The White House said Monday that the Centers for Disease Control and Prevention was “unable to find legal authority for a new, targeted eviction moratorium” and asked that states and local governments put in policies to keep renters in their homes.
Mass evictions could potentially worsen the recent spread of the COVID-19 delta variant as roughly 1.4 million households told the Census Bureau they could “very likely” be evicted from their rentals in the next two months. But the Biden administration said it is unable to take action, though it noted that state-level efforts to stop evictions would spare a third of the country from evictions over the next month.
“Our team is redoubling efforts to identify all available legal authorities to provide necessary protections,” White House press secretary Jen Psaki said in a Monday statement.
The Biden administration also emphasized in the statement that $46.5 billion has been provided to keep renters in their homes, but “too many states and cities have been too slow to act.”
House Speaker Nancy Pelosi said Monday it's “unfathomable” that Americans will be ousted from their homes during the COVID-19 crisis, and backed by the Congressional Black Caucus intensified pressure on the Biden administration to immediately extend the nation's eviction moratorium.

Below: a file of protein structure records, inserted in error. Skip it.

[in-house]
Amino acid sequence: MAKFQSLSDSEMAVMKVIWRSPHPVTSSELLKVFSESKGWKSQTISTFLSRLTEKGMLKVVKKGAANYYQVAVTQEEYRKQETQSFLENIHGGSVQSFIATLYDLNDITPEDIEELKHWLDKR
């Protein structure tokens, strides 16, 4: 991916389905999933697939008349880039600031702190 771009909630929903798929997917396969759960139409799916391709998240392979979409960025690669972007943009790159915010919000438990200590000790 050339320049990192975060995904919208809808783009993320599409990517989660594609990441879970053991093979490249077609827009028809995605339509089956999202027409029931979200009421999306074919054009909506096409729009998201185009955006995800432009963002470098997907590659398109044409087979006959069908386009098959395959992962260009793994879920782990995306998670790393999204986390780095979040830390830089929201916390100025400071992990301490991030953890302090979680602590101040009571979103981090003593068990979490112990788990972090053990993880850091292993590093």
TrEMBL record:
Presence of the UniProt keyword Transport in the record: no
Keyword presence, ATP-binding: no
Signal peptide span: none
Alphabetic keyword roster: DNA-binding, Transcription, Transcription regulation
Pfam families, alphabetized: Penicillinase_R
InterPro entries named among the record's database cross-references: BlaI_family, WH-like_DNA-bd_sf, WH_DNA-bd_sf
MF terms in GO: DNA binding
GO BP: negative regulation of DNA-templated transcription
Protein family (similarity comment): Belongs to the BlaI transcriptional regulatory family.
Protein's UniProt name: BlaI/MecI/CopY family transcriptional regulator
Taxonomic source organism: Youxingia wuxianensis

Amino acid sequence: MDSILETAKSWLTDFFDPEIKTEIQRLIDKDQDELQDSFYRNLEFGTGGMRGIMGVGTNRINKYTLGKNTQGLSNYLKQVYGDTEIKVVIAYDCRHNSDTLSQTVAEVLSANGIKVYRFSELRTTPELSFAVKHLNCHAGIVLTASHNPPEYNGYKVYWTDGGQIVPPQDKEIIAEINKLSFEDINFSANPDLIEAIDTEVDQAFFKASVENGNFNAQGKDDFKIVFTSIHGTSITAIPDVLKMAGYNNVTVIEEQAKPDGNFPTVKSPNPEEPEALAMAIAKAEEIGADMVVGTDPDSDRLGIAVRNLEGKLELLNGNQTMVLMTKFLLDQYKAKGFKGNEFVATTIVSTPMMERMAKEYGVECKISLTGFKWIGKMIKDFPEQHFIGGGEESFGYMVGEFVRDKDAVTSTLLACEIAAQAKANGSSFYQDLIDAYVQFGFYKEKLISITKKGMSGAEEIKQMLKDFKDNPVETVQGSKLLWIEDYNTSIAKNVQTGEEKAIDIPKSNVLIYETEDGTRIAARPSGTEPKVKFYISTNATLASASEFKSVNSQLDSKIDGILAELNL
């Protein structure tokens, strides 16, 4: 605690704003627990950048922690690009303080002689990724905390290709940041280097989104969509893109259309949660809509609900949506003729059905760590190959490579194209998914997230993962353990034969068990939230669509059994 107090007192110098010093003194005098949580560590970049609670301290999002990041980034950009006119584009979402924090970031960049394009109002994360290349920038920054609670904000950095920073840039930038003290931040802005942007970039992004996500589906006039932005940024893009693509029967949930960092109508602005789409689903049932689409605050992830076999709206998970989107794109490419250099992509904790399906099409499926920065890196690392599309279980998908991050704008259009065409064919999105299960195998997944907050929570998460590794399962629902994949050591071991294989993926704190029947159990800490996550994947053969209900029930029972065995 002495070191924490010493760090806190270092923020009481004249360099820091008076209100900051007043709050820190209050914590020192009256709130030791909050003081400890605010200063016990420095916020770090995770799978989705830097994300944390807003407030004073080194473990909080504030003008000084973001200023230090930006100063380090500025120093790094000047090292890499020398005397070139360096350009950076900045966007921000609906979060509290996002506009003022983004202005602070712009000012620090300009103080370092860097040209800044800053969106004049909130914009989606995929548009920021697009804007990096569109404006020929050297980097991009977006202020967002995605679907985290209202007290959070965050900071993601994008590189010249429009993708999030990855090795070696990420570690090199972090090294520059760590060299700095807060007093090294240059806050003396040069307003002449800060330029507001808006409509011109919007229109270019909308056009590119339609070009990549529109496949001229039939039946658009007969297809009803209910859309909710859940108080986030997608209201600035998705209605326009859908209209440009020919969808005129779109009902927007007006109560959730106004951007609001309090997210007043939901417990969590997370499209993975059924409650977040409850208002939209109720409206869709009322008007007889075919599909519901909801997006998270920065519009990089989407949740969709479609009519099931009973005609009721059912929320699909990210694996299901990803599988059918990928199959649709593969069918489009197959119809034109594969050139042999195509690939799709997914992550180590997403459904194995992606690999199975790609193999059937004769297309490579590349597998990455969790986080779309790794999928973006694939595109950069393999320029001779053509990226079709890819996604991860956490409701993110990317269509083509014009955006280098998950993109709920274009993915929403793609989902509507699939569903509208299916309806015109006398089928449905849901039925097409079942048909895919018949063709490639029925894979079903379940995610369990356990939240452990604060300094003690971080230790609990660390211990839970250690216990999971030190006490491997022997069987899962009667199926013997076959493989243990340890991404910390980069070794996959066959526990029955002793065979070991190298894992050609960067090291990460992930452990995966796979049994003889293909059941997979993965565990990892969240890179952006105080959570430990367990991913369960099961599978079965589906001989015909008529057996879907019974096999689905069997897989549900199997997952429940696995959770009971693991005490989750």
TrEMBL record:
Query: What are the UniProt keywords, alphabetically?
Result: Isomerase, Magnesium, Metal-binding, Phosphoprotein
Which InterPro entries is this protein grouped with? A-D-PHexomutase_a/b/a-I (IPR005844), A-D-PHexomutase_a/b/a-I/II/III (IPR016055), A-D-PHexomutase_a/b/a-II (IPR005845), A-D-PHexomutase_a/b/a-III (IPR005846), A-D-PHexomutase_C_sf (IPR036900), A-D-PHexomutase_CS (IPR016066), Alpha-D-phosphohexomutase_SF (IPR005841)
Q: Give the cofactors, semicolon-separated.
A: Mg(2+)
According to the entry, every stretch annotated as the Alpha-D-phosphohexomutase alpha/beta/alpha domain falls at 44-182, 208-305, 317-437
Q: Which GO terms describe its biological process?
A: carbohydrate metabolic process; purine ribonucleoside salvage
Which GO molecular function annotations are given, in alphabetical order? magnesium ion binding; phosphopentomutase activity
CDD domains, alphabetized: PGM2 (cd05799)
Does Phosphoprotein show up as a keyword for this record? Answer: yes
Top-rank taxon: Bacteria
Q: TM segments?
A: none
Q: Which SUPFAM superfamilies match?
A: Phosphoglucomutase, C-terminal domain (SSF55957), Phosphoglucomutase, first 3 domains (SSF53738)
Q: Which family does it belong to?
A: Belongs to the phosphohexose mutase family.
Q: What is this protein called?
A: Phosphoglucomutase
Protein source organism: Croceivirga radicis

An estimated 3.6 million Americans are at risk of eviction during a COVID-19 surge, some as soon as Monday, after the eviction ban expired over the weekend.
Pelosi and the Democratic leadership has called it a “moral imperative” to reinstate the eviction ban until some $47 billion in already approved housing aid can be distributed to renters and landlords owed back pay. They called on President Joe Biden's administration to extend the moratorium through Oct. 18.
“We all agree that the eviction crisis is an enormous challenge to the conscience of our country,” Pelosi wrote in a letter to colleagues. “It is unfathomable that we would not act to prevent people from being evicted.”
Pelosi said Treasury Secretary Janet Yellen would hold a virtual briefing Tuesday with lawmakers as they push to more quickly ensure the states distribute the federal aid.
Rep. Joyce Beatty, D-Ohio., the chairwoman of the influential Congressional Black Caucus, said the group has been in talks with the White House.
“Thousands of Black families and children could lose the roof over their heads at a time when the deadly pandemic is surging once again,” she said in a statement.
The CDC put the ban in place as part of the COVID-19 response when jobs shifted and many workers lost income. The ban was intended to hold back the spread of the virus among people put out on the streets and into shelters.
Late last week, Biden announced he was allowing the ban to expire, rather than challenge the Supreme Court which signaled it would not allow the moratorium to be extended unless Congress stepped in with legislation.